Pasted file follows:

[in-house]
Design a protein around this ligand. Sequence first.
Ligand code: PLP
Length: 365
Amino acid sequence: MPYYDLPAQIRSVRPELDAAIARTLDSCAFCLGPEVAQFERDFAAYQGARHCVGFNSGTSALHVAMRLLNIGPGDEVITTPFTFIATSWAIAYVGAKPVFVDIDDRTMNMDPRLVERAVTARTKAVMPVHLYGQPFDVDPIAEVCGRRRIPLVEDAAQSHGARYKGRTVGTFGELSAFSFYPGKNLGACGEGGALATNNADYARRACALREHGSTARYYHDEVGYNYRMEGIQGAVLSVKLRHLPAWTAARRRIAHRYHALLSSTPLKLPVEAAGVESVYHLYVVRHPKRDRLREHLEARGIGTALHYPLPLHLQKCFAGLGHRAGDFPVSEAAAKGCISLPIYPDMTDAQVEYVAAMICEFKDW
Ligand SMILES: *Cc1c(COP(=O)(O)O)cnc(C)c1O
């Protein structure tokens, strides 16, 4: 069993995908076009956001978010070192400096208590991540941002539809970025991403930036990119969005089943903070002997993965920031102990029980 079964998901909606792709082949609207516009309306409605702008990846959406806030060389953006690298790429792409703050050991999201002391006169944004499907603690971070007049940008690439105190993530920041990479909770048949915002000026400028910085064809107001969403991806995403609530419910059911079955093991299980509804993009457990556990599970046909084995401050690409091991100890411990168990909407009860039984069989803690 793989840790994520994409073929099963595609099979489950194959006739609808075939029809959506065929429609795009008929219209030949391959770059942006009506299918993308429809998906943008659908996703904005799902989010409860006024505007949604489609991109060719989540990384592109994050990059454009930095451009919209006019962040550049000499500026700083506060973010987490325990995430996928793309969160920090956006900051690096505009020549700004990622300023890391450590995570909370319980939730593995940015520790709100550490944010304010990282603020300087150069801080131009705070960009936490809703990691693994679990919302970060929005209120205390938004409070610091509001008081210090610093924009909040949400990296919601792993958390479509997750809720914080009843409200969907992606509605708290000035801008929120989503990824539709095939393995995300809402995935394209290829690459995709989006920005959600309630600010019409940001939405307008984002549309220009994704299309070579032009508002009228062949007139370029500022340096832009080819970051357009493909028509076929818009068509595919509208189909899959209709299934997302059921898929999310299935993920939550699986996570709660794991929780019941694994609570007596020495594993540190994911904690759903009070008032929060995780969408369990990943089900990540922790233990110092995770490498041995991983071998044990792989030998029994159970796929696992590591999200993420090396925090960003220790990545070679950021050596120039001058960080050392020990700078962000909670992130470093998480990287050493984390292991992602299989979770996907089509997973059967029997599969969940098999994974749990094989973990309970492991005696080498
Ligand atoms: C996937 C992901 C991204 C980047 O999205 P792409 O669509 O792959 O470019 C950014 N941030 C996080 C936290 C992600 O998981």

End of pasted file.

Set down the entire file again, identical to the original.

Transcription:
[in-house]
Design a protein around this ligand. Sequence first.
Ligand code: PLP
Length: 365
Amino acid sequence: MPYYDLPAQIRSVRPELDAAIARTLDSCAFCLGPEVAQFERDFAAYQGARHCVGFNSGTSALHVAMRLLNIGPGDEVITTPFTFIATSWAIAYVGAKPVFVDIDDRTMNMDPRLVERAVTARTKAVMPVHLYGQPFDVDPIAEVCGRRRIPLVEDAAQSHGARYKGRTVGTFGELSAFSFYPGKNLGACGEGGALATNNADYARRACALREHGSTARYYHDEVGYNYRMEGIQGAVLSVKLRHLPAWTAARRRIAHRYHALLSSTPLKLPVEAAGVESVYHLYVVRHPKRDRLREHLEARGIGTALHYPLPLHLQKCFAGLGHRAGDFPVSEAAAKGCISLPIYPDMTDAQVEYVAAMICEFKDW
Ligand SMILES: *Cc1c(COP(=O)(O)O)cnc(C)c1O
């Protein structure tokens, strides 16, 4: 069993995908076009956001978010070192400096208590991540941002539809970025991403930036990119969005089943903070002997993965920031102990029980 079964998901909606792709082949609207516009309306409605702008990846959406806030060389953006690298790429792409703050050991999201002391006169944004499907603690971070007049940008690439105190993530920041990479909770048949915002000026400028910085064809107001969403991806995403609530419910059911079955093991299980509804993009457990556990599970046909084995401050690409091991100890411990168990909407009860039984069989803690 793989840790994520994409073929099963595609099979489950194959006739609808075939029809959506065929429609795009008929219209030949391959770059942006009506299918993308429809998906943008659908996703904005799902989010409860006024505007949604489609991109060719989540990384592109994050990059454009930095451009919209006019962040550049000499500026700083506060973010987490325990995430996928793309969160920090956006900051690096505009020549700004990622300023890391450590995570909370319980939730593995940015520790709100550490944010304010990282603020300087150069801080131009705070960009936490809703990691693994679990919302970060929005209120205390938004409070610091509001008081210090610093924009909040949400990296919601792993958390479509997750809720914080009843409200969907992606509605708290000035801008929120989503990824539709095939393995995300809402995935394209290829690459995709989006920005959600309630600010019409940001939405307008984002549309220009994704299309070579032009508002009228062949007139370029500022340096832009080819970051357009493909028509076929818009068509595919509208189909899959209709299934997302059921898929999310299935993920939550699986996570709660794991929780019941694994609570007596020495594993540190994911904690759903009070008032929060995780969408369990990943089900990540922790233990110092995770490498041995991983071998044990792989030998029994159970796929696992590591999200993420090396925090960003220790990545070679950021050596120039001058960080050392020990700078962000909670992130470093998480990287050493984390292991992602299989979770996907089509997973059967029997599969969940098999994974749990094989973990309970492991005696080498
Ligand atoms: C996937 C992901 C991204 C980047 O999205 P792409 O669509 O792959 O470019 C950014 N941030 C996080 C936290 C992600 O998981």